The frustration in Kevin Hamlin’s voice was obvious following his driver Natalie Decker’s most recent incident: “Inside, inside, inside, inside, inside…we’re wrecked.” The frustration only compounded following the crash, when Hamlin voiced his displeasure with Decker’s actions saying, “I don’t know how the [expletive] I call inside all the way down the backstretch and she still dives inside.”
It only got worse for the team (or better if you take in the internet’s delight in the team audio) when his driver received a push back to the pits from the tow truck only for the tow truck to spin her out.
Decker: “Don’t push me so fast, how am I going to [expletive] stop?” Hamlin: “I’m completely [expletive] lost. I don’t even know why I’m up here. She’s out. I’m taking my [expletive] off. See you guys later.”
The Bristol incident was another in a long line for Decker in 2019, as comments from both Hamlin and Crew Chief Frank Kerr highlighted the continuing lack of confidence they have in their driver. Decker has seen a career’s worth of incidents in her limited 2019 run, several of which were avoidable and most have happened due to driver error. That isn’t to say all of the incidents were her fault (see Daytona, Kentucky, Michigan, Bristol tow truck), but with her level of inexperience and lack of drive, it’s clear that what started as a possibly promising limited run has failed to meet expectations.
That isn’t to say that she doesn’t have talent. Her 2018 ARCA campaign wasn’t enough to set the racing world on fire, but it was consistent enough to net her a seventh-place points finish; a pole, two top-fives, and nine top-10s aren’t anything to sneeze at. But an extended stay in ARCA with Venturini Motorsports or DGR-Crosley would have been good for her instead of being rushed into the No. 54 Toyota Tundra.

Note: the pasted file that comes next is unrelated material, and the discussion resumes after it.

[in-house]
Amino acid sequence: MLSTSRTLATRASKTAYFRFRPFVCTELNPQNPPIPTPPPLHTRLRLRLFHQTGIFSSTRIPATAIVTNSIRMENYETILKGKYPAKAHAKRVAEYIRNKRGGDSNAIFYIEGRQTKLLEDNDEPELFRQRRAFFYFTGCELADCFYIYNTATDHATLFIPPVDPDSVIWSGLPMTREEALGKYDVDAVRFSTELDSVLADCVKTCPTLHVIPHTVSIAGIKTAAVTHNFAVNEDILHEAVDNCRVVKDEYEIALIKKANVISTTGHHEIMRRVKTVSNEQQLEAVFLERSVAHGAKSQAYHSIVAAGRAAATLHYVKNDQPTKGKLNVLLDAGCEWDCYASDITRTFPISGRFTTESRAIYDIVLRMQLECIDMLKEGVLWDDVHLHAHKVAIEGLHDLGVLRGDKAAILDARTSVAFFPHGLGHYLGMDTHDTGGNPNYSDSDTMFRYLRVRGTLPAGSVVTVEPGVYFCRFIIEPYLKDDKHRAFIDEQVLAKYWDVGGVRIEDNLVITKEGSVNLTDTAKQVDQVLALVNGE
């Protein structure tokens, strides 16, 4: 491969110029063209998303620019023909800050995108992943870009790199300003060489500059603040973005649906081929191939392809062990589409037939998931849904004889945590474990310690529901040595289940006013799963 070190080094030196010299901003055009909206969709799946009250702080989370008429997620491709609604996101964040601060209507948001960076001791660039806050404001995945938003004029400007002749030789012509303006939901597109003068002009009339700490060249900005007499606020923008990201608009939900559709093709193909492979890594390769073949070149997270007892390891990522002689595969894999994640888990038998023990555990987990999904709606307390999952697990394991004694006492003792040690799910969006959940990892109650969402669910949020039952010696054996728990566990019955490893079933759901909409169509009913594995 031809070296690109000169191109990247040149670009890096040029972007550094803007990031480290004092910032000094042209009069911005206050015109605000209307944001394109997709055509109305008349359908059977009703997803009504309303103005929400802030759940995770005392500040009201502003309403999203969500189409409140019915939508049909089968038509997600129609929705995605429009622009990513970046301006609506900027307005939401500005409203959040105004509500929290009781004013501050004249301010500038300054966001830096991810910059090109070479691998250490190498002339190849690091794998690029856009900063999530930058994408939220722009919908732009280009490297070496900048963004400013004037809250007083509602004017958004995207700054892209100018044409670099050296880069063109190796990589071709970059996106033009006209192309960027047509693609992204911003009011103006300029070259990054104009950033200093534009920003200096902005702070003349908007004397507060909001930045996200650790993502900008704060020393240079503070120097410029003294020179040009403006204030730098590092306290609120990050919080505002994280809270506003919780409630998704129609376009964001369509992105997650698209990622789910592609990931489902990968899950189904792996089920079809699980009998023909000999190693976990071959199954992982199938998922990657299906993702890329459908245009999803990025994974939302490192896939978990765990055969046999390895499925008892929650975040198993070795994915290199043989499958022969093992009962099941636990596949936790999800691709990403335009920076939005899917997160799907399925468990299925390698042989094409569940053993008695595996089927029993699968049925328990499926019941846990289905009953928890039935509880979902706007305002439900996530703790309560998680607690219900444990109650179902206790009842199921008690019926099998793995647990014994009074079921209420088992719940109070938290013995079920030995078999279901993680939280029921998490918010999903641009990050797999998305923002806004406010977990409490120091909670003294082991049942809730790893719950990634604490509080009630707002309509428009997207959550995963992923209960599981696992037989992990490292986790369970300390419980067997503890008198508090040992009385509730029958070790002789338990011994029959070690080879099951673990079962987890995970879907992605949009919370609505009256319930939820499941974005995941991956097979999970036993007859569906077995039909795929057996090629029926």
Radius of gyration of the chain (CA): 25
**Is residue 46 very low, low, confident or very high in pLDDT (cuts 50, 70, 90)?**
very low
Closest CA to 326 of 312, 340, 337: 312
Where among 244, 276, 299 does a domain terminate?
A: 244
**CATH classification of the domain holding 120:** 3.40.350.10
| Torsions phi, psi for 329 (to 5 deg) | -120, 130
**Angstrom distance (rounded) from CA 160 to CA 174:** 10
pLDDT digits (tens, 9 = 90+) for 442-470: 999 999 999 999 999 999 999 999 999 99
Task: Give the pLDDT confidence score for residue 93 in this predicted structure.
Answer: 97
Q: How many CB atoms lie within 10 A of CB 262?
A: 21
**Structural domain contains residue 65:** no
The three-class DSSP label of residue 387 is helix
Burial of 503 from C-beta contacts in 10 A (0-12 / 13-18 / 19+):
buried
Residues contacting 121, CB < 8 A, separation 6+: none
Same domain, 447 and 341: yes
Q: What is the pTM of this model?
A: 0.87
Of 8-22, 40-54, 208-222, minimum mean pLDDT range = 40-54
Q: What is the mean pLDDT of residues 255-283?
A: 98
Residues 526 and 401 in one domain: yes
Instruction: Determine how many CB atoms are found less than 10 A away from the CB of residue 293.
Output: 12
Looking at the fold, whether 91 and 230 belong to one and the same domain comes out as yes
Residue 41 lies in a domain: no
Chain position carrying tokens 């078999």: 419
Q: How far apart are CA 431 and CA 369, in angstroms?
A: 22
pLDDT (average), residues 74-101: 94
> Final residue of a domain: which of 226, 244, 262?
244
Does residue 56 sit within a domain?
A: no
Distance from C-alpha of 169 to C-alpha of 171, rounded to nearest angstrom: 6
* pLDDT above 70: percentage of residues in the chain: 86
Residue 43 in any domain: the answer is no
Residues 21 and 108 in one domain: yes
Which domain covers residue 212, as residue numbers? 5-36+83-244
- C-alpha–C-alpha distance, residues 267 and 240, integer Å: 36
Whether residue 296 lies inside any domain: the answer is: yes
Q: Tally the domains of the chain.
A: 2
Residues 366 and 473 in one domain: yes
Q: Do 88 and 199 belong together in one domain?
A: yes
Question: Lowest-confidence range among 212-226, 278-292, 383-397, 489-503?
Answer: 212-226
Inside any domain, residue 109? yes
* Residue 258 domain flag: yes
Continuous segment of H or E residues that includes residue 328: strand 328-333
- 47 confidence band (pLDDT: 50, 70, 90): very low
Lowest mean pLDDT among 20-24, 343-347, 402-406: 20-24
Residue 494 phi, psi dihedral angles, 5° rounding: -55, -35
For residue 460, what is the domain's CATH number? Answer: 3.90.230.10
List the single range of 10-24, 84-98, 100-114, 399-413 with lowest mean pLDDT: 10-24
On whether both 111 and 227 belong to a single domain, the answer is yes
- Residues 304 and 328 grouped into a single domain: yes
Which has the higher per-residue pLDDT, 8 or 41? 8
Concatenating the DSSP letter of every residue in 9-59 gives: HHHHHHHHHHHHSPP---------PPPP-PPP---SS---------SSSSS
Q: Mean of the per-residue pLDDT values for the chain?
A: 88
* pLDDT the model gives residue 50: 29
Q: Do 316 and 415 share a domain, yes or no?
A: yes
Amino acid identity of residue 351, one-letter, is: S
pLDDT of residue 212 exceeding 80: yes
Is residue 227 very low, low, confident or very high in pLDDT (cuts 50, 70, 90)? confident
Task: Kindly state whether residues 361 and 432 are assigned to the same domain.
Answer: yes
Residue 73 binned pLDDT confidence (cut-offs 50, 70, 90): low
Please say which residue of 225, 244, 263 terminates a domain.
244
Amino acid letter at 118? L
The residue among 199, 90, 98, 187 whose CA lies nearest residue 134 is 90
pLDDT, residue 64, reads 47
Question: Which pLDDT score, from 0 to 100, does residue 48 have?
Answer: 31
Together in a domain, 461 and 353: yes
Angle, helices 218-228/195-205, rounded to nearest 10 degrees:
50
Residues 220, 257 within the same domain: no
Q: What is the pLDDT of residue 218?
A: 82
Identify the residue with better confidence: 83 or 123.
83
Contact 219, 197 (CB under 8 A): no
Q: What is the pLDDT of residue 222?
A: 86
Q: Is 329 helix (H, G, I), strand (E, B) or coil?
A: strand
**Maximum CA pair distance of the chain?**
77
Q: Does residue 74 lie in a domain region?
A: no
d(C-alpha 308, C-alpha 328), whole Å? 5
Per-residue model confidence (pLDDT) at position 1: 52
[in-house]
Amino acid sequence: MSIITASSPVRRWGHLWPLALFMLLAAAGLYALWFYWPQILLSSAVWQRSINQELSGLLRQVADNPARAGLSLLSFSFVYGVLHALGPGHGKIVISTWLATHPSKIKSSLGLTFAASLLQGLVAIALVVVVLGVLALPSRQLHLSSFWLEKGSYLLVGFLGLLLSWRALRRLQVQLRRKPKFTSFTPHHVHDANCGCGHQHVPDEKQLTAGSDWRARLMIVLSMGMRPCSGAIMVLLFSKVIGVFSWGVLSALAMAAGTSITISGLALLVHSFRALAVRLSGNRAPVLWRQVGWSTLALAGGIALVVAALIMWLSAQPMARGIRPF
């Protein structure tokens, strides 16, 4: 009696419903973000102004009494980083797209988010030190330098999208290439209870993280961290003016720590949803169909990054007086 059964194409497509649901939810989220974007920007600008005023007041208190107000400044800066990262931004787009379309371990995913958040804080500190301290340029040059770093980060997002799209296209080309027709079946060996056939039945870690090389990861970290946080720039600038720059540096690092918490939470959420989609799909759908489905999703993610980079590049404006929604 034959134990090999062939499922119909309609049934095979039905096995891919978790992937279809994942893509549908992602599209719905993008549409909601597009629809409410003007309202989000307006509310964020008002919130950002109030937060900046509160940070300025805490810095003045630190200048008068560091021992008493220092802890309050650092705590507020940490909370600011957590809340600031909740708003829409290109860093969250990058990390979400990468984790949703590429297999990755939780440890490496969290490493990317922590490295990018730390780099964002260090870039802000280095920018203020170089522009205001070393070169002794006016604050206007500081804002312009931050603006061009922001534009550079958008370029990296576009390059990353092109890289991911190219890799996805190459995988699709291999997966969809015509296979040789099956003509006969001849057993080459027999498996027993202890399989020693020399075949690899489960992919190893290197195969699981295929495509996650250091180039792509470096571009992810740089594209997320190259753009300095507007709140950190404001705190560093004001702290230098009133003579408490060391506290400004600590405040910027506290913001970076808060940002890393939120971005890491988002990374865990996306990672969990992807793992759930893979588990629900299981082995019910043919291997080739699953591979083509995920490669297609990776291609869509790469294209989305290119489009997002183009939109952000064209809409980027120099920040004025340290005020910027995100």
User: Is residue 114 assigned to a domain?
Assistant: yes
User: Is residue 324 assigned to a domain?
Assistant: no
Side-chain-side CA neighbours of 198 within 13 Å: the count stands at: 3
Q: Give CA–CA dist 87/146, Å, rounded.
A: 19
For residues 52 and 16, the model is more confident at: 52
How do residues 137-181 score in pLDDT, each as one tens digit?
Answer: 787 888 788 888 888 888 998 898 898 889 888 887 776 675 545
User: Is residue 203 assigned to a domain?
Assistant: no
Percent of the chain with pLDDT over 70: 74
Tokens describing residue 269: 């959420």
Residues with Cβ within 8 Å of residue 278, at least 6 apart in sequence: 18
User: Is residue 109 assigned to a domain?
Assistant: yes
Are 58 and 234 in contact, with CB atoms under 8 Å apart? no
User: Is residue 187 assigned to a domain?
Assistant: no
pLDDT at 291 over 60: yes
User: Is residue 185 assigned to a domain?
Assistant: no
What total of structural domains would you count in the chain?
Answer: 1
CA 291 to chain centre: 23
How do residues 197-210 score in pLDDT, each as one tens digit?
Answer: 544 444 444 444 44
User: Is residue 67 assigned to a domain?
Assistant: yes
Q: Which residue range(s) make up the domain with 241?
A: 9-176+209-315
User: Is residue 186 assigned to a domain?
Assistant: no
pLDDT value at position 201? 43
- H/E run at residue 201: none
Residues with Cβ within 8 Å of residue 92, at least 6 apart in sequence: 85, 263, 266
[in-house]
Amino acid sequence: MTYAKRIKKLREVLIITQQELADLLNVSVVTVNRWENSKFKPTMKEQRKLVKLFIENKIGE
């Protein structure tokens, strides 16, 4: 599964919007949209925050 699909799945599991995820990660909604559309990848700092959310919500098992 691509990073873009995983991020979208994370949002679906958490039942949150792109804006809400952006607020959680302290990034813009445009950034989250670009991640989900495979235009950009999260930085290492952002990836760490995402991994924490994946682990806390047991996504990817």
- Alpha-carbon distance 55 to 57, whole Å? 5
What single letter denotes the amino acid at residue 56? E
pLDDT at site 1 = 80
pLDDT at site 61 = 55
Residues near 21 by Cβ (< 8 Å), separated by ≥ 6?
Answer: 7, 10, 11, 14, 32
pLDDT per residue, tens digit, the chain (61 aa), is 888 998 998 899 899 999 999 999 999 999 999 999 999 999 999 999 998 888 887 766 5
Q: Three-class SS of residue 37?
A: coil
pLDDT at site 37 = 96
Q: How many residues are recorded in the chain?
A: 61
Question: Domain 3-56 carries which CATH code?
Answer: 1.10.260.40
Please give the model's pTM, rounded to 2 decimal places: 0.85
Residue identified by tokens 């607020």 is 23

However, hindsight’s always 20/20. The reality we have is simple. In 14 starts in 2019, Decker has eight DNFs, all listed as crashes. This isn’t including the multiple cautions she’s brought out in races she has finished, like at Atlanta. There’s the countless soundbites of Kerr and/or Hamlin getting on their driver’s case. There’s the lack of respect from her peers. There’s the obvious fact that Decker isn’t taken seriously as a driver. That’s the reality for Decker and DGR-Crosley.
It’d be naive to assume that this isn’t lost on DGR-Crosley; they are footing the bill after all. But Bristol needs to be a wake-up call for both team and driver. The idea that Decker has a future in stock car racing as a driver isn’t sustainable. If there hasn’t already, then there needs to be an in-depth meeting where all parties involved should face facts about where Decker’s career should be going following 2019.
She’s been referred to as an Instagram model masquerading as a driver, a notion she’s done nothing to expel. It’s been mentioned more or less in a derogatory manner, but she does know how to market her brand. That is a plus for her, one of the reasons why her following is as big as it is when compared to teammates Anthony Alfredo and Tyler Ankrum. If put to good use for a team instead of her own brand, it could become an asset for whatever team she’s on as opposed to a liability.
Otherwise, she’s done herself no favors on or off the track. With that being said, the only real option left is to get her out of the truck right now. As mentioned before, she’s not happy behind the wheel and her crew isn’t happy either. Why prolong that? Why not spend more time helping her learn the ropes? They’ve done nothing more than turn her into another Danica Patrick and that’s not a good thing. Patrick was a failed experiment in NASCAR and if they’re not careful Decker will be as well. The merciful thing to do for all involved is to sit down and have a realistic look at what’s been done and what can be done to fix it.